Mon, July 22, 2024

Ghana’s 2024 Cocoa Crisis: Prices Double, Yields Halve

African cocoa laborers earn less than a dollar a day, ghana

Quick Look:

  • Ghana’s cocoa production will drop sharply in 2024, delaying deliveries and doubling global cocoa prices.
  • Only 435,000 tons of cocoa will be delivered out of 785,000 tons pre-sold for the 2023/24 season.
  • Cocoa bean prices more than doubled in 2024, spiking the price of chocolate significantly.

Ghana, a major player in the global cocoa market as the second largest producer, is experiencing a profound supply crisis in 2024. This crisis stems from poor crop yields, resulting in delayed cocoa deliveries and a sharp increase in cocoa prices worldwide. This article delves into the key events, price changes, production data, factors causing the crisis, and the impact on cocoa processing within Ghana.

Due to suboptimal crop conditions, Ghana is compelled to postpone the delivery of up to 350,000 tons of cocoa beans to the following season. This decision underscores the severity of the current agricultural challenges facing the country. The global cocoa market has been significantly impacted, with chocolate manufacturers raising prices. In 2024, cocoa prices more than doubled, a reaction to the consecutive years of poor harvests in Ghana and Ivory Coast.

Pre-Sold Ghana’s Cocoa Shortfall: 350,000 Tons Below Target

Ghana had pre-sold 785,000 tons of cocoa for the 2023/24 season. However, the anticipated delivery is now only 435,000 tons, highlighting a substantial shortfall and exacerbating market uncertainties. The previous season saw Ghana’s cocoa production dip to 670,000 tons. Projections for the current season are even more dire, with expectations falling below 500,000 tons. This reduction significantly differs from usual production levels, which typically range between 750,000 and 850,000 tons.

Forward sales for the next season have also plummeted, with Ghana selling only 100,000 tons. This figure is notably lower than usual, reflecting the pervasive uncertainty and lack of confidence in future yields. Cocoa processing companies within Ghana are grappling with reduced production levels due to the decreased supply of cocoa beans. This has led to underutilised machinery, inefficiencies, and increased operational costs, further straining the local cocoa industry.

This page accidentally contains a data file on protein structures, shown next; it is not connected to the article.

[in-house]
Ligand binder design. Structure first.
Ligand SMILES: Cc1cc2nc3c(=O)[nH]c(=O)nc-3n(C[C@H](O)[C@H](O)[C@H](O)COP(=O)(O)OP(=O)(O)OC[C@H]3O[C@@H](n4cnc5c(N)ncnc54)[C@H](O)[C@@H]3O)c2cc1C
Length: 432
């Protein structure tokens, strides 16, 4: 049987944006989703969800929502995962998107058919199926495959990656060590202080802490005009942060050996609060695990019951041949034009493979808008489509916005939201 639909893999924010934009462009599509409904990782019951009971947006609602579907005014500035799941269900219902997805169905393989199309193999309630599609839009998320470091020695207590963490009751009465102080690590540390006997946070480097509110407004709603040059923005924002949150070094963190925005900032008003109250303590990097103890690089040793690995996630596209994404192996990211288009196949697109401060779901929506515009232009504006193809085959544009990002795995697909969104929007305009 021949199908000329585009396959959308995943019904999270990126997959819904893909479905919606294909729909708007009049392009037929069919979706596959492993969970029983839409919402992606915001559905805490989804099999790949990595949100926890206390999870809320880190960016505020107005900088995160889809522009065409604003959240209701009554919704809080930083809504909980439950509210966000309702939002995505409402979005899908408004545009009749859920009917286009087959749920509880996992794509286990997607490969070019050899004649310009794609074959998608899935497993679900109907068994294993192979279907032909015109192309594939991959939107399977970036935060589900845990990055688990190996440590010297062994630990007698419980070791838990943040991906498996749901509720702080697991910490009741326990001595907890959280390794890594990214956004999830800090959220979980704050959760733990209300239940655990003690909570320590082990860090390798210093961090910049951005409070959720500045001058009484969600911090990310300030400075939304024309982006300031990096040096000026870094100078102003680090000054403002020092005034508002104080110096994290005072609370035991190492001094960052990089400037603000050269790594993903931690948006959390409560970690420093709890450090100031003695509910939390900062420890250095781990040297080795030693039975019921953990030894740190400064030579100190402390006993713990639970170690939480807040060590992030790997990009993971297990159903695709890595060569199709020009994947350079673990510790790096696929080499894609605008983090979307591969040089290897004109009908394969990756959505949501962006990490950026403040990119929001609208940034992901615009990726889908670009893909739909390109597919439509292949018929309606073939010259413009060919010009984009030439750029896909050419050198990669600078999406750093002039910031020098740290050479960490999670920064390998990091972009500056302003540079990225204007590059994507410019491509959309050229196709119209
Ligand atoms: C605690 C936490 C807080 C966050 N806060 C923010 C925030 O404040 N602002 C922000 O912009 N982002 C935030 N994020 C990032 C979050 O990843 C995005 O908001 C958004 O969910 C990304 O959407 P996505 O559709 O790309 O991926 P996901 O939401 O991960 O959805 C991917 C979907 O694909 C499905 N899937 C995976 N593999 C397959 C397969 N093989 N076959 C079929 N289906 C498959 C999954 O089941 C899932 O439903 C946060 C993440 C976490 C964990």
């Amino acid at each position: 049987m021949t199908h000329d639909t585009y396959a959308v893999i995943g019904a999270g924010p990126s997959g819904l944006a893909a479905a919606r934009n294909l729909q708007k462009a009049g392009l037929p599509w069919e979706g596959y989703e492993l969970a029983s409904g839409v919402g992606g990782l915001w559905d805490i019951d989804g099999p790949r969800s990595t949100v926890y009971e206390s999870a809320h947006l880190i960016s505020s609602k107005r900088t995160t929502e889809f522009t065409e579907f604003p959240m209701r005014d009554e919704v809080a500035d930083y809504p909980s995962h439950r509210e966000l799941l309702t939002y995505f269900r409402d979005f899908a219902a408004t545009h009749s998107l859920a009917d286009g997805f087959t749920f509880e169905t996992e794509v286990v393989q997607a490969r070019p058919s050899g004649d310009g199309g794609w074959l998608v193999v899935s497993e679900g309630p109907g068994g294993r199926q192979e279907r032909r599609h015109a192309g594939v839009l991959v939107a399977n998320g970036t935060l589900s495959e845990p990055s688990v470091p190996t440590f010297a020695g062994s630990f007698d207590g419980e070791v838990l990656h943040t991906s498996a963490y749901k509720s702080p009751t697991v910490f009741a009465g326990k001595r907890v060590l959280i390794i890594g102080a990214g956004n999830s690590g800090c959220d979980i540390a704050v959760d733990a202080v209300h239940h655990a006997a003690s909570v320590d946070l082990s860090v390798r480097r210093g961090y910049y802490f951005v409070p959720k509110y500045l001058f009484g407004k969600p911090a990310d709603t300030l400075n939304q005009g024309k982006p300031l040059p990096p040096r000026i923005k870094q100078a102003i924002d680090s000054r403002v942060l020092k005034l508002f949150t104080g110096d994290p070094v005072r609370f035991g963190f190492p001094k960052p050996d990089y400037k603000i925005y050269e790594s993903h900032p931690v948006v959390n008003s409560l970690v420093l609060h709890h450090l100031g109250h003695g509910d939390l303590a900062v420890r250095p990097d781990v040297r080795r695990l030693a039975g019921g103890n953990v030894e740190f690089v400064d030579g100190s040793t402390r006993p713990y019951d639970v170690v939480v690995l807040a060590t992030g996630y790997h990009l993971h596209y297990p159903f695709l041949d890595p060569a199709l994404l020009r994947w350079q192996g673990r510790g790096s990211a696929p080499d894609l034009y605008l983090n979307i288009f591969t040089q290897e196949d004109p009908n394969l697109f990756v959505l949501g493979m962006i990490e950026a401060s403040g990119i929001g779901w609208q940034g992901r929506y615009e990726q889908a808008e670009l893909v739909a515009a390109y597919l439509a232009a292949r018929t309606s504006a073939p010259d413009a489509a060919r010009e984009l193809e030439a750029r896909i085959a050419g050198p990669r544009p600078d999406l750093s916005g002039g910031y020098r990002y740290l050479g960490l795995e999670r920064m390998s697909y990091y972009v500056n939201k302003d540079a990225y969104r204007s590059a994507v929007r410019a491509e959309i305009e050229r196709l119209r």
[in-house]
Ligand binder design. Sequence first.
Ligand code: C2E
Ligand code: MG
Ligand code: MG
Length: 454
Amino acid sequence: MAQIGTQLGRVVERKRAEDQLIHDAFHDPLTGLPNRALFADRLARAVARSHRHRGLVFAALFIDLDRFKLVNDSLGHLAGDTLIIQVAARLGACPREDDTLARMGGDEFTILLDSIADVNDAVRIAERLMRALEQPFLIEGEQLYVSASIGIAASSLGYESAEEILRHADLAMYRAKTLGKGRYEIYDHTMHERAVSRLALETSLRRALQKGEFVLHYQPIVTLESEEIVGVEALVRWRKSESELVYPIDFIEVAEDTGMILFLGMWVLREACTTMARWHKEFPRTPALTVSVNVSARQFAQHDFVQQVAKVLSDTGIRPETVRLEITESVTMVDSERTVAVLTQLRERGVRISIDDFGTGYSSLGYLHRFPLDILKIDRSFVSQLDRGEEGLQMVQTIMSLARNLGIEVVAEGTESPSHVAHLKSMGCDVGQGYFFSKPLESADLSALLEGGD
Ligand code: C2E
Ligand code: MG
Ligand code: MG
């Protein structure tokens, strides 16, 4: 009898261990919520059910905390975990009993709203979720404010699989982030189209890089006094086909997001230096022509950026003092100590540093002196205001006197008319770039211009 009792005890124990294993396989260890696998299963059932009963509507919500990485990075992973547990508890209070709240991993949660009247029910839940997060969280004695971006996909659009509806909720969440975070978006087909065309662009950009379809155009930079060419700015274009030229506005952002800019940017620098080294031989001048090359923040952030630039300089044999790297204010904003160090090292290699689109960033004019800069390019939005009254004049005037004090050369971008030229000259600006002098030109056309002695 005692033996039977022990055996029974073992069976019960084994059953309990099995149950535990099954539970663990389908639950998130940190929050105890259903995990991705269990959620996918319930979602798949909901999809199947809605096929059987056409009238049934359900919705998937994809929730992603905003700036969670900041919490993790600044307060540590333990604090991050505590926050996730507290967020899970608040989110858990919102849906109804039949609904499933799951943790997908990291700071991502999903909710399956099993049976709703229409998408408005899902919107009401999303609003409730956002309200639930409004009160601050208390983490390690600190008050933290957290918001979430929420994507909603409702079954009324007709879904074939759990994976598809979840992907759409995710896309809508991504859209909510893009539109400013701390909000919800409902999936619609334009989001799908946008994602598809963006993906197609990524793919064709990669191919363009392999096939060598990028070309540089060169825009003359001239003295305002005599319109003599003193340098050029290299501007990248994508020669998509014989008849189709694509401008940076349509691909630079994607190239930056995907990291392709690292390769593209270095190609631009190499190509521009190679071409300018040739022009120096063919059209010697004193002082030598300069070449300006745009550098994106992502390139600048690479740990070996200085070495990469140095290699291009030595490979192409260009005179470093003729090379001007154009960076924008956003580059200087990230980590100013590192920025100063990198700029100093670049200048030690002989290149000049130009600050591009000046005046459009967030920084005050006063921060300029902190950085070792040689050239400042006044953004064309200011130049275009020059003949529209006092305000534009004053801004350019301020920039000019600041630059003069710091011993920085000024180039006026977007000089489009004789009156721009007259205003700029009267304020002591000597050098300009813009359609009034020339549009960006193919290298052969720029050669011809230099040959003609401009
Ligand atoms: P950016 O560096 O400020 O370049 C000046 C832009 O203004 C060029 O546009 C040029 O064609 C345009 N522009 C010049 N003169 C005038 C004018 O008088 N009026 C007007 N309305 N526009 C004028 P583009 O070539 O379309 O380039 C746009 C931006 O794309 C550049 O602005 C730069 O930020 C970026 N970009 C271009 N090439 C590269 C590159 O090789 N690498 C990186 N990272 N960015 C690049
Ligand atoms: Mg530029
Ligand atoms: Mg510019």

Cocoa Prices Double in 2024: Impact on Chocolate

The impact of the cocoa crisis on prices has been profound. The value of cocoa beans has more than doubled in 2024, a direct consequence of the supply shortfall. The price of a 100g bar of Kingsbite chocolate has surged from GHS 14 to over GHS 20, reflecting the increased costs of raw materials. The production figures paint a grim picture of the current state of Ghana’s cocoa industry.

Ghana pre-sold 785,000 tons for the 2023/24 season, but the expected delivery is 435,000 tons. In contrast to the usual crop totals of between 750,000 and 850,000 tons, last season’s crop was 670,000 tons, with the current season expected to fall below 500,000 tons. Globally, cocoa production has fallen by 10.9%, totalling 4.45 million tons.

Weather, Disease, and Mining: Key Factors Driving the Crisis

Several factors have contributed to the current cocoa crisis in Ghana. Unpredictable and extreme weather patterns have negatively impacted cocoa yields. Diseases affecting cocoa beans, such as the swollen shoot virus, have reduced the quality and quantity of the crop. Activities related to illegal gold mining have encroached on cocoa farmlands, reducing the area available for cultivation. Continued unfavourable weather has compounded the difficulties cocoa farmers face, and the prevalence of swollen shoot disease has further decimated cocoa plantations, leading to significant losses.

The reduction in the cocoa bean supply has severely affected cocoa processing in Ghana. Due to insufficient raw materials, local processing firms have been forced to reduce production levels. Underutilisation of processing machinery has led to inefficiencies and higher costs. Disruptions in processing schedules have become commonplace, complicating operations. There has been a 30% decline in the production of cocoa products, with processed cocoa bean production falling by 50%, from 3,000 to 1,400 metric tonnes. The financial repercussions include a loss of US$ 6 million in the first quarter of 2024.

Smuggling and Land Sales: Fallout from Ghana’s Cocoa Crisis

The cocoa crisis has also led to several additional issues. There has been increased cocoa smuggling to neighbouring countries, driven by better prices and conditions elsewhere. Farmers are selling their land for as low as GHS 50,000, seeking alternative livelihoods due to the failing cocoa industry. The crisis has resulted in job losses and the looming threat of shutdowns in cocoa processing companies, further exacerbating the economic fallout.

Ghana’s cocoa crisis of 2024 has far-reaching implications, both locally and globally. The convergence of adverse weather, diseases, and economic challenges has severely disrupted the supply chain, leading to significant price increases and operational difficulties. Addressing these issues will require concerted efforts from stakeholders at all levels to stabilise and revitalise the cocoa industry in Ghana.

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